Strategies for Meaningful Engagement between Community-Based Health Researchers and First Nations Participants
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Schroth, Robert J.
Lawrence, Herenia P.
Cidro, Jaime, Marion Maar, Sabrina Peressini, Robert J. Schroth, John Broughton, Lisa Jamieson, and Herenia P. Lawrence. “Strategies for Meaningful Engagement between Community-Based Health Researchers and First Nations Participants.” Frontiers in Public Health, 5(138) (2017): 1-15. DOI: 10.3389/fpubh.2017.00138.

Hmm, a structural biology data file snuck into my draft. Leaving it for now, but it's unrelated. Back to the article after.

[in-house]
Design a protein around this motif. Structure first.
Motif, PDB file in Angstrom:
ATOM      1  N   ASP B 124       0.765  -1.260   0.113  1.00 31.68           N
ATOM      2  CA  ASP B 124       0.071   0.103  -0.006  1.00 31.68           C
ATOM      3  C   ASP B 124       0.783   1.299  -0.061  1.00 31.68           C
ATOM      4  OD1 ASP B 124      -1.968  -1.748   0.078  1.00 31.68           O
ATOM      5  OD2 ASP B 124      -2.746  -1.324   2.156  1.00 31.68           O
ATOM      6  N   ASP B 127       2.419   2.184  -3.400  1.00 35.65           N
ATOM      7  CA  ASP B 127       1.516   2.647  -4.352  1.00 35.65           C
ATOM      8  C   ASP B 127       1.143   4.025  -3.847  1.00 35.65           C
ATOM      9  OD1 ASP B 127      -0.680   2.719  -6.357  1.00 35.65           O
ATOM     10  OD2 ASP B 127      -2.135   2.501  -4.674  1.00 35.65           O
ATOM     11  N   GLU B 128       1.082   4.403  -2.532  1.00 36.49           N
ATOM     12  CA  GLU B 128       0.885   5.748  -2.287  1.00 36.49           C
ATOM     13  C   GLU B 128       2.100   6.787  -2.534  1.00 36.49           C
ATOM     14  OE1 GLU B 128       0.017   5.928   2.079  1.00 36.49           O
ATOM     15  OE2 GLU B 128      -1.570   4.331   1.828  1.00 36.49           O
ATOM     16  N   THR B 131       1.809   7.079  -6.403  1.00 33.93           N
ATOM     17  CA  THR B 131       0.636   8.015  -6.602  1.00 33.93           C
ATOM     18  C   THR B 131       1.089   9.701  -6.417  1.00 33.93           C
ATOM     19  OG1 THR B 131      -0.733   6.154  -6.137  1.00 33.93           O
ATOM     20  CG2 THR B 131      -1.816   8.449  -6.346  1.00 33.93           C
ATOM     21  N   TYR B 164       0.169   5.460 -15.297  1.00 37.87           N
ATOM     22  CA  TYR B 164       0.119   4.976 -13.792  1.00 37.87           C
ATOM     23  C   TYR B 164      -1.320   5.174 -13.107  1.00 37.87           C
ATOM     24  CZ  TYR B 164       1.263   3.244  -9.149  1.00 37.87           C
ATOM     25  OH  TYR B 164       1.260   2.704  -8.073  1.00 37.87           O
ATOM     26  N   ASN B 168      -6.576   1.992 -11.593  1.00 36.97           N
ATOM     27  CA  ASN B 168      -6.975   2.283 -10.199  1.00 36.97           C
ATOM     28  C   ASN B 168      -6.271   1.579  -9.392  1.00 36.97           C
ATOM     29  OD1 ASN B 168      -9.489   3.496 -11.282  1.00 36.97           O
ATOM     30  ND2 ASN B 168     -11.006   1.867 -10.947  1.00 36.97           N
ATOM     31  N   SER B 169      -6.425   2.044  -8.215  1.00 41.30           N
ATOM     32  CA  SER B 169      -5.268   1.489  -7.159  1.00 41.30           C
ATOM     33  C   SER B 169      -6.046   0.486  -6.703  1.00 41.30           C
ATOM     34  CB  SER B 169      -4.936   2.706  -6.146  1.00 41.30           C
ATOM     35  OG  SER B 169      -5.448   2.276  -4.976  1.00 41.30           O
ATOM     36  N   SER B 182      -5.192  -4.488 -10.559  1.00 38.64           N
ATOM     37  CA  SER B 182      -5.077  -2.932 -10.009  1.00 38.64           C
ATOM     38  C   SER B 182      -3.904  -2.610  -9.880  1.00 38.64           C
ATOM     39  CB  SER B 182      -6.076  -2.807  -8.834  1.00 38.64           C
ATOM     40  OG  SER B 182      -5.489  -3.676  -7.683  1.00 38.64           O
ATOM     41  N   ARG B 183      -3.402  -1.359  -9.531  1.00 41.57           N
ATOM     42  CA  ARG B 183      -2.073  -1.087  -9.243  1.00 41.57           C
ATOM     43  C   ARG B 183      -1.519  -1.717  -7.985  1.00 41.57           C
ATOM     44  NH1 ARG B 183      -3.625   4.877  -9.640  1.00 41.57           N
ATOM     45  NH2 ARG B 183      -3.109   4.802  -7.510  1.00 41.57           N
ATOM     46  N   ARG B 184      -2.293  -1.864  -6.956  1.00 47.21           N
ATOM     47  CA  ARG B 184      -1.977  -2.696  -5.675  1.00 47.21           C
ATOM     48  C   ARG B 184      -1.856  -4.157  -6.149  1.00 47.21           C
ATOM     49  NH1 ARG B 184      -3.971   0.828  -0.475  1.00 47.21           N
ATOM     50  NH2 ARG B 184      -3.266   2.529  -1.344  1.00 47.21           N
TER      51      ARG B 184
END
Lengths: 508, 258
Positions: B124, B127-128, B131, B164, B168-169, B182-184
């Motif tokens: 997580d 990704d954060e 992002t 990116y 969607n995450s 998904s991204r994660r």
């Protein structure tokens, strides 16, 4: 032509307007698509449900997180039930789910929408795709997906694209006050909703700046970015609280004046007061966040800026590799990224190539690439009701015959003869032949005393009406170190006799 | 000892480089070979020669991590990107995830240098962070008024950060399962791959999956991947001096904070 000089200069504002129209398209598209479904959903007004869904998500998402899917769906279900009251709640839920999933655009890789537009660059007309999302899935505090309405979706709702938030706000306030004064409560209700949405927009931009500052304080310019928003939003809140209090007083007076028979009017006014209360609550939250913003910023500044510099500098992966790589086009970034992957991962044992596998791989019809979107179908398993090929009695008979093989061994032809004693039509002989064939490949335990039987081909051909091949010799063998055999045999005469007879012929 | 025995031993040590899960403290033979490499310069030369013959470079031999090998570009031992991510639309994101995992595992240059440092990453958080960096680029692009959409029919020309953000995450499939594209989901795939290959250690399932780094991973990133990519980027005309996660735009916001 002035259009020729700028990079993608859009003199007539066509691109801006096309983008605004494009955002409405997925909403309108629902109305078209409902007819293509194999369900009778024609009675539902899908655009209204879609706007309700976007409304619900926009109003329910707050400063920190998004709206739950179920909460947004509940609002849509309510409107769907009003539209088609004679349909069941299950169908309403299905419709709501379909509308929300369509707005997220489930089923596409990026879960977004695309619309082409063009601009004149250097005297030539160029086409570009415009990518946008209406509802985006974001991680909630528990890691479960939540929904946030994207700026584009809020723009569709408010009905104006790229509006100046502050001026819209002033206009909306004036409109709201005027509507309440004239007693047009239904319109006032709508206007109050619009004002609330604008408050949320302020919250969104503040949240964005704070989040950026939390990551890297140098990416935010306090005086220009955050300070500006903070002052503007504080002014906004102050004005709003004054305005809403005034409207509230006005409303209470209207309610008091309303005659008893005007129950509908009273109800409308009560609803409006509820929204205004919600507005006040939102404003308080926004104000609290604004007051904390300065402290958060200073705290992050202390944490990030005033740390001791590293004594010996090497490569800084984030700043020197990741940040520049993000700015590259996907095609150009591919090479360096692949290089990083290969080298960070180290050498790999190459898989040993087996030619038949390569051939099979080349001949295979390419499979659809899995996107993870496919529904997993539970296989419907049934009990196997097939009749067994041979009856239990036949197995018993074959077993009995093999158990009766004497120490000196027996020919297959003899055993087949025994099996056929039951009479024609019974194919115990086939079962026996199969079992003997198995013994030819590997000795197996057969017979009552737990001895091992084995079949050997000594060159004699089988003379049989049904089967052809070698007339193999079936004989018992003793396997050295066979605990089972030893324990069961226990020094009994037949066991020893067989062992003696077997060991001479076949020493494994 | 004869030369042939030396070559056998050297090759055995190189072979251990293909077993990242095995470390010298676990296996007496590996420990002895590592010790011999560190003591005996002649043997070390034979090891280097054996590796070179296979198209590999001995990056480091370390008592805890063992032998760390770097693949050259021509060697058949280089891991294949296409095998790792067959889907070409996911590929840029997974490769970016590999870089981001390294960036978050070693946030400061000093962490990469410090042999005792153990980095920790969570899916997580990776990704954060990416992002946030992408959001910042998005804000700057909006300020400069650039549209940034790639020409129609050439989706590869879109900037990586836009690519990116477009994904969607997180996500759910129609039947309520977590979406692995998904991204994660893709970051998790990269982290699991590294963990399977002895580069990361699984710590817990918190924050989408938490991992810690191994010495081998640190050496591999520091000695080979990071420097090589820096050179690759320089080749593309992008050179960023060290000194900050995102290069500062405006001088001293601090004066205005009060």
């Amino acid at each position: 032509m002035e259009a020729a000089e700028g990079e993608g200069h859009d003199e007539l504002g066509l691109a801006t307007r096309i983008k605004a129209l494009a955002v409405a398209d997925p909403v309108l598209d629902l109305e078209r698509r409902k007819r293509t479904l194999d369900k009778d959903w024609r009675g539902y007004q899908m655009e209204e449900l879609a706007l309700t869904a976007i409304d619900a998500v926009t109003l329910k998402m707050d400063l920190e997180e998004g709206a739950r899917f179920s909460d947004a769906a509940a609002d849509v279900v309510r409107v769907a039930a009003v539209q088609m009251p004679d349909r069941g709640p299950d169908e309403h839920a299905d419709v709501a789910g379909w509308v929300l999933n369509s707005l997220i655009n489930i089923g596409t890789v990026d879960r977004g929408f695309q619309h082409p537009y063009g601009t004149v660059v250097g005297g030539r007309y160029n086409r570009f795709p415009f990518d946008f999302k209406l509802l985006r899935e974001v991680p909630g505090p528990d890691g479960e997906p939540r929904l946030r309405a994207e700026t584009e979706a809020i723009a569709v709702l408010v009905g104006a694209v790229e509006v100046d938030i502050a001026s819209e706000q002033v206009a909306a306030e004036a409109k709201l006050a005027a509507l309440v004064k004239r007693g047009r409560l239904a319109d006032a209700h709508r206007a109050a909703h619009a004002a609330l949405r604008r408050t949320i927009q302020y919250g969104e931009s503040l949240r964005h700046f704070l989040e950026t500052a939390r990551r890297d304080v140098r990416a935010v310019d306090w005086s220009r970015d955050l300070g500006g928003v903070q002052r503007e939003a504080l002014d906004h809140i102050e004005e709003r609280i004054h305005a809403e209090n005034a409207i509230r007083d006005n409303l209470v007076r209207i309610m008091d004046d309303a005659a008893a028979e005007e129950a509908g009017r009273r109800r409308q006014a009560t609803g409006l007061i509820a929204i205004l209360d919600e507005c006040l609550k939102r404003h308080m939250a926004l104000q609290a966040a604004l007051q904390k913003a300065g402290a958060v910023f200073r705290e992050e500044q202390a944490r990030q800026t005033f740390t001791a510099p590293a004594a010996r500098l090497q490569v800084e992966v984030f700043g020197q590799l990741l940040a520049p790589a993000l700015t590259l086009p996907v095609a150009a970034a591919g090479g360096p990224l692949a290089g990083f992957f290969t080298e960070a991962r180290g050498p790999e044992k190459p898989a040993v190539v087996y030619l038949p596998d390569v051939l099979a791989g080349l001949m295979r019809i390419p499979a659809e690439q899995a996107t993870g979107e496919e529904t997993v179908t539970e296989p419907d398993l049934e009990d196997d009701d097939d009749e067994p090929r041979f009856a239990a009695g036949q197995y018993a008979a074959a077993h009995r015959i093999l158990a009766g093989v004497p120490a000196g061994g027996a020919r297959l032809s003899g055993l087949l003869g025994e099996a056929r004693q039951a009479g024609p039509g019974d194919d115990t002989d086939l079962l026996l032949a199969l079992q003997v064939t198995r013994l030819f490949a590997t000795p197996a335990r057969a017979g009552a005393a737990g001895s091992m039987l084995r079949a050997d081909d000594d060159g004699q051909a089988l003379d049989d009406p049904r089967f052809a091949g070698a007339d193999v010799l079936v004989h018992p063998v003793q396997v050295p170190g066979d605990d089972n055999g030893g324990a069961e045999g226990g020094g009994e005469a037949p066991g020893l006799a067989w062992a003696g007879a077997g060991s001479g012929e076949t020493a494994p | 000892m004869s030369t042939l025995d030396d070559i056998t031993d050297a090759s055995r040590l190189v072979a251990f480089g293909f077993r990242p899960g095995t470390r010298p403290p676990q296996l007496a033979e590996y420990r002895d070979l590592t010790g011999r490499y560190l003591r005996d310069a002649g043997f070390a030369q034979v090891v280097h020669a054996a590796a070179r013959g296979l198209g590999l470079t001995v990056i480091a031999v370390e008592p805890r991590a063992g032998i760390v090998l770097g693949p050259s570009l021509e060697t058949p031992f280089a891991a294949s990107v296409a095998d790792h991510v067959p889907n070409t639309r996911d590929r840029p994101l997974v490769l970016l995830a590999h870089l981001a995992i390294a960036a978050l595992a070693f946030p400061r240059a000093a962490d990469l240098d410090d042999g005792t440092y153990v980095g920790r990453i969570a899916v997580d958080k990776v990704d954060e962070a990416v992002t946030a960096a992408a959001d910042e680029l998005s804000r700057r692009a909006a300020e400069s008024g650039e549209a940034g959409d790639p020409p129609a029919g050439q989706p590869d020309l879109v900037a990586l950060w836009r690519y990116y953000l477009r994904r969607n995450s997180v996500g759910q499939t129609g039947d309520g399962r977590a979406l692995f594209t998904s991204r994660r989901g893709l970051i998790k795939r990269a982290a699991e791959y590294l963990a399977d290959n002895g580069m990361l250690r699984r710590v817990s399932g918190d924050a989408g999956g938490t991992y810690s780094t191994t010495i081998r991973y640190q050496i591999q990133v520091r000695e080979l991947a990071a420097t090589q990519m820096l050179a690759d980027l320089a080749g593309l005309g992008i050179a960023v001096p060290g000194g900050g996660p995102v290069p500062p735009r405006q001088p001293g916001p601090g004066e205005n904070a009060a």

The Baby Teeth Talk Study (BTT) is a partnership-based research project looking at interventions to prevent early childhood caries (ECC) in First Nations populations in Canada. Community-based researchers (CBRs) conducted preventive and behavioral interventions that targeted expectant mothers and their newborns, over a 3-year period. The work of the CBRs requires a great deal of training and skills to administer the interventions. It also requires a broad set of strategies to meaningfully engage participants to make health-promoting changes in their behavior to prevent ECC in their children. After implementing the intervention, BTT CBRs participated in interviews to explore the strategies they employed to engage participants in the prevention of ECC. CBRs perceived two key strategies as essential for meaningful engagement with BTT participants. First, CBRs indicated that their shared experiences through motherhood, First Nations identity, age, and childhood experience provided a positive foundation for dialog with participants that lead to build trust and rapport. Second, supportive interpersonal and culturally based communication skills of the CBR provided further foundation to engage with participants from a strength-based approach. For example, the CBRs knew how to effectively communicate in ways such as being gentle, non-intrusive, and avoiding any perception of judgment when discussing oral health behavior. In First Nations health research, CBRs can provide an essential link in engaging participants and the community for improvements in health. Researchers should carefully consider characteristics such as shared experience and ability to understand cultural communication styles when hiring CBRs in order to build a solid foundation of trust with research participants.